"Yes. When the furniture was gone, we burned this house, board by board, shingle by shingle, until finally we were living in one room. Many people more inland became sick and died."
"Did the years of darkness kill the fruit trees?"
"Yes, the few that remained."
"How did you survive?"
"My mother wouldn't let me and my brothers and sisters sleep for more than 45 minutes out of every hour. She made all of us get up and jump around so we wouldn't freeze to death in our sleep. As you know, it can get very cold on Mason's Beach. Colder still when the sun couldn't be seen or felt."
"What did you eat?"
"Worms and mushrooms."
"Those who refused to eat mushrooms and worms didn't survive."
"Is that why we don't have worms here any more?"
"That's right, and believe me, the soil is suffering because of it. The soil I remember used to be brown."
"When was this house rebuilt?"
"When the sun reappeared. Then we did what everyone else did. We went to the dump and built this house out of all the stuff we had thrown away. Your great grand-dad liked the idea of building a house out of glass soda bottles. The people on the other side of the fence built their house out of rubber tires. Since the seasons have changed so, it's nice we no longer have to worry about staying warm. I never want to be cold again."
"I can imagine," I whisper.
Beginning of the End
"It's almost your bedtime," says Great Granny. "And, you now have one, two, three, four, five, goodness, 10 trees for your City of Trees."
"Thank you for making them for me," I say. "Next summer, Mom and Dad are going to take me out West so I can see the Pacific Ocean. They say that along the Colorado coast, we can see oak trees in a zoo. I can't wait to see them."
"You must give the oaks a hug for me."
"Oh, I can't do that. They're all fenced in. Remember, it is a zoo."
"So it is. Well then, be sure and ask your mom and dad to take you to the Christmas Museum in Ohio. They have models of Christmas trees there."
Great Granny turns down my bed spread.
"Are those the dead trees people used to put in their living rooms at Christmas time?" I ask.
"Yes. People decorated the dead trees with lights, food, sparkling ornaments - all kinds of things. I heard they were quite beautiful! I can remember an article in the computer saying before the blight took so many of the trees, before the years of darkness, as many as 100,000,000 Christmas trees were cut down in a single year - and that was only in the United States."
Great Granny checks the window to make sure the seal is tight. Everyone worries about leakage now the ozone is gone.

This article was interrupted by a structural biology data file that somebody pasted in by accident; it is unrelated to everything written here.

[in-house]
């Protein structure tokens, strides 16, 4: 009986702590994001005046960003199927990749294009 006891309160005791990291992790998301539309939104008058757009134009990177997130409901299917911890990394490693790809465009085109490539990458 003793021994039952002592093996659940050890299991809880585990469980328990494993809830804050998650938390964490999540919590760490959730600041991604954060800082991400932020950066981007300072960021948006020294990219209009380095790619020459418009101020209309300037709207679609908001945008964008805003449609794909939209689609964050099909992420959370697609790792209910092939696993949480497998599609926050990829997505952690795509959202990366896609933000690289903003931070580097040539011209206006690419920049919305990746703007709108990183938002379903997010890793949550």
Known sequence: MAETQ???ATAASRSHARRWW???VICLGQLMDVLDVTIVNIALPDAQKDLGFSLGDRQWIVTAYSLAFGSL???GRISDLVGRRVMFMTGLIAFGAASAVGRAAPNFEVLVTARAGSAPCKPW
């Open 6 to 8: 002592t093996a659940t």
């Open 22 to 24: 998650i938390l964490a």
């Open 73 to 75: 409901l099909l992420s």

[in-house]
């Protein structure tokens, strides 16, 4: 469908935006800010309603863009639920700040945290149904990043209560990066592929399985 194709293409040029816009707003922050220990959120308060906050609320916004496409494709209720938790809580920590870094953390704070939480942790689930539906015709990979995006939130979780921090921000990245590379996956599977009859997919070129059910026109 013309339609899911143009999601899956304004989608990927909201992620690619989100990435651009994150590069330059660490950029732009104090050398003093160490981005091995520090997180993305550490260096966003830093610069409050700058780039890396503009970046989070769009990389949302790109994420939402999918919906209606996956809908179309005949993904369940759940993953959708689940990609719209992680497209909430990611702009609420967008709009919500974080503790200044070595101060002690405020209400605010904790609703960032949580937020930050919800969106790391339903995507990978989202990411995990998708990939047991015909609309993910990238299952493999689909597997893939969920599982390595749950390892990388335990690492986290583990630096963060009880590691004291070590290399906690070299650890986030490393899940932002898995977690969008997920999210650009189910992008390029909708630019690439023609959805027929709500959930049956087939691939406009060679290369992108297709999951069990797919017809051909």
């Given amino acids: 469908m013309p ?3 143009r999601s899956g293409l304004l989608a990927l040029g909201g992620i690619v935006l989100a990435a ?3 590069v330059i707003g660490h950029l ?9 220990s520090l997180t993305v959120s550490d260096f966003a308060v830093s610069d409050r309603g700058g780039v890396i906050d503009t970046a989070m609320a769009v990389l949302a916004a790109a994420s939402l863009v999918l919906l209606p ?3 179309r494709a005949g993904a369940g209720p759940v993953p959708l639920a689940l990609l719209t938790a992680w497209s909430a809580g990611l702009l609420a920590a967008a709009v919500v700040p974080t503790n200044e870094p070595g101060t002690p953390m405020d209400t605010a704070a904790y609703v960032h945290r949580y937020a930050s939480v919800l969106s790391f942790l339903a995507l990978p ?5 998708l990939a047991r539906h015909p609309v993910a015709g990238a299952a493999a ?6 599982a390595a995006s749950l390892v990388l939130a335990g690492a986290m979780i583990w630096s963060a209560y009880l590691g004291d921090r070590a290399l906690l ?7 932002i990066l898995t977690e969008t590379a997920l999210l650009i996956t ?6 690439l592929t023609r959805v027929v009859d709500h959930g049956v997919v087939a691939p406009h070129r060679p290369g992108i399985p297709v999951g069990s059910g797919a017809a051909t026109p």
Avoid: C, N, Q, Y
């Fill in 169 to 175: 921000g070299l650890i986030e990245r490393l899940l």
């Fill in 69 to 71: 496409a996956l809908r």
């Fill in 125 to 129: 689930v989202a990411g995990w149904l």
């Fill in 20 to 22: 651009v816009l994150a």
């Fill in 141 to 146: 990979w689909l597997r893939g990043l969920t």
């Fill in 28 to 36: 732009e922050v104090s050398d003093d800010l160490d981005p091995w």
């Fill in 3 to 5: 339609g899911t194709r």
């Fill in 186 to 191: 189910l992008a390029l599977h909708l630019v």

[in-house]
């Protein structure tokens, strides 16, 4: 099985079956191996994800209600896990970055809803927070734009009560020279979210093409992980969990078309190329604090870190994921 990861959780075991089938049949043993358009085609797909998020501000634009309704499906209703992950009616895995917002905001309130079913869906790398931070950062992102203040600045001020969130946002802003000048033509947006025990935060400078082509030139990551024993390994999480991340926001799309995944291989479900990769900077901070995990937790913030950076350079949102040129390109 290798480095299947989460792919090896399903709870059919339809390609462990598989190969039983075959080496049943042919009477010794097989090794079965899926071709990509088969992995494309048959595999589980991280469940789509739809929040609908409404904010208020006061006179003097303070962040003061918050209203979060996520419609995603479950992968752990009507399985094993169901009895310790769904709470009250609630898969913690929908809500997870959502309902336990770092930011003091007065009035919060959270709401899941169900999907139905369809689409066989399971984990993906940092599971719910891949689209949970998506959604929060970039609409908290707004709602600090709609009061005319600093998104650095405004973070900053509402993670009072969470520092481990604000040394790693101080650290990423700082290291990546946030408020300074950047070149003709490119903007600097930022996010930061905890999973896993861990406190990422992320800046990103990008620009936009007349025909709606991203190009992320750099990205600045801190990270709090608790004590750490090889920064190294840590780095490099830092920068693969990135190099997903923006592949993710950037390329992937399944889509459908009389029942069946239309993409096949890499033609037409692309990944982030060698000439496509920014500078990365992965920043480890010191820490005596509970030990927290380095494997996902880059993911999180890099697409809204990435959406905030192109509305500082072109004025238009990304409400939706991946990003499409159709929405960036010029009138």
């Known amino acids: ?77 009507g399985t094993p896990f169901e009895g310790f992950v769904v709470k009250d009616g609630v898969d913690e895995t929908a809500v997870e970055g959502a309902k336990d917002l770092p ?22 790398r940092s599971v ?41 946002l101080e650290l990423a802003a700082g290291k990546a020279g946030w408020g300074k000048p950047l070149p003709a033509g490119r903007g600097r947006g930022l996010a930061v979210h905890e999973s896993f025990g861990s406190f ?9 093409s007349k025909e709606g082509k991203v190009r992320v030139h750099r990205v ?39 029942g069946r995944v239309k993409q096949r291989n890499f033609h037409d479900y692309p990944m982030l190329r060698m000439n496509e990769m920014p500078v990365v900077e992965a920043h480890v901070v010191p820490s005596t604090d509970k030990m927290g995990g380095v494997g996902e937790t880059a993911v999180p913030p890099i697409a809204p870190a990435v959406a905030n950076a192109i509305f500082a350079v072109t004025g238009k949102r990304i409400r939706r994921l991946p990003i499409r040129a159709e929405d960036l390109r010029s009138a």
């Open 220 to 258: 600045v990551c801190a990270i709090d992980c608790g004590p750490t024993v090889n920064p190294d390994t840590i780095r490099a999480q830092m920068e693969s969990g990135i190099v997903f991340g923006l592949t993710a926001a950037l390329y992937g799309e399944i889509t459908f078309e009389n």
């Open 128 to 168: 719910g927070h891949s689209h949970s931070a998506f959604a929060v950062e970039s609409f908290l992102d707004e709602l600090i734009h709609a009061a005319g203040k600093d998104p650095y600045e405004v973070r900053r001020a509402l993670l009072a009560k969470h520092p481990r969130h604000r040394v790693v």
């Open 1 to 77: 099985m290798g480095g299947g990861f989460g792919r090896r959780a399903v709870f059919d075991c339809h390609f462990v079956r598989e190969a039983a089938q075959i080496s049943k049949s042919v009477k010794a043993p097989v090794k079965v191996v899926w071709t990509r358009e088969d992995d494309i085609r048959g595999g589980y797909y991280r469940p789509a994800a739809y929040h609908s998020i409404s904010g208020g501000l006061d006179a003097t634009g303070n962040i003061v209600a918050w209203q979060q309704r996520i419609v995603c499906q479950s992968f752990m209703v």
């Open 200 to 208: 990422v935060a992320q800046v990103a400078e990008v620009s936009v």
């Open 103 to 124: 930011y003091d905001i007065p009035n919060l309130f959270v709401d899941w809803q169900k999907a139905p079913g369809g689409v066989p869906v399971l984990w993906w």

"What kind of trees were they?"
"Evergreens of all kinds."
"What did they do when the trees turned brown? Make furniture and toys?"
"No. People threw their trees away."
"Many communities had big bonfires. The dump sites became too full."
"Why didn't the people simply plant a tree outside and decorate that, or decorate house plants or use synthetic trees?"
"Eventually everyone did. They had to. Real trees got to be too expensive. For a while, people shifted from decorating trees to decorating their houses, cars, dog houses, fences - anything that would hold lights - until even that cost too much."
"My grandmother used to tell me about driving around in one of those old gas cars, going from house to house, just looking at the lights and all the decorations. The evergreens are extinct now."
Great Granny takes a clean nightie out of the drawer.
"Like the elephants and lions and tigers and bears?"
"Great Granny?" I ask as I pull my nightie on.
"Why are you looking so sad?"
"I'm feeling sad. Trees gave the world so many good things - shade from the sun and protection from the wind. Did you know trees used to dance when the wind blew? Some people could actually hear the trees sing, but most people never took the time to listen."
"I plan to listen to the oak trees this summer."
"Good for you, my Emily. You'll find they make an unforgettable clickety sound. Here by the Chesapeake Bay, your ancestors used to talk about the trees singing. But then, the giant oaks and the silver maples began to die, followed by the smaller trees, one by one, until only silence remained."
"Too much acid rain again?"
"In part, yes. The acid rain was the beginning of the end for the trees surviving the developer's saw. People could have stopped it by making some changes in their lifestyles, such as replacing all gas cars with electric cars. But at the time, people thought it was too expensive."
"Do you think trees will be extinct forever? Buffalo were almost extinct once, but they managed to come back."
"I don't know. I pray every night your grandchildren won't have to ask what a tree looks like because they will live with them."
"Can I stay up a little while longer?"
"No, dear. It's way past your bedtime as it is. I don't want your mom getting mad at me."
Reluctantly, I get into bed.
Great Granny turns out the light.
"Great Granny, I love you."
"I love you, too, Emily."
Alone in the Dark
"Great Granny?" I ask tentatively. "Great Granny, where are you?"
The room is unusually quiet.
"Great Granny! Where did you go? Hey, it's dark! Say something."
I hate the dark. Particularly when I think of the three years of darkness. Worse, I hate the thought of eating worms.
"Great Granny! Great Granny! Great Granny!"
My bedroom door opens. I'm a little confused when I see my mom standing in the doorway.
"Sweetie! Wake up!" she says. "You're having a bad dream!"
I look all around. No Great Granny. No gas mask. The window is open and cool air is blowing in. I can hear the trees. My Legos are still on my work table. I see my City of Trees from my four poster maple bed. I see no plastic furniture.
"Oh, Mom, it was terrible. I dreamed there weren't any trees anywhere!"
"I'm sorry you had a bad dream," she says. "But you made some wonderful trees with some of the paper in the rainy day box."
"Great Granny made them for me."
"I don't think so," says Mom. "Your Great Granny has been dead for a long time. She couldn't have made them."
"She did," I say firmly. "I know she did. She was here."
"Emily, your Great Granny died before you were born."
Now I'm really getting confused. After all, I had spent the whole evening playing and talking with my Great Granny.
"No matter," says my mom. "You go back to sleep now. We can talk about it in the morning."
"Mom, tomorrow I want to plant a tree. I must! Will you help me?"
"Of course," says Mom. "But it's time for you to go to sleep now."
"I'll water the tree every day."
"I'm certain you will," Mom says as she kisses me goodnight.
"Goodnight, dear." she whispers. I watch her shadow as she walks to the door.
"Mom?" I ask.
"I'm so glad we have trees."
"So am I!"
My mother closes the door. As my eyes adjust to the dark room, a cool breeze brushes over my face. It feels like a kiss.
| Issue 19 |
Volume VII Number 19
May 13-19, 1999
New Bay Times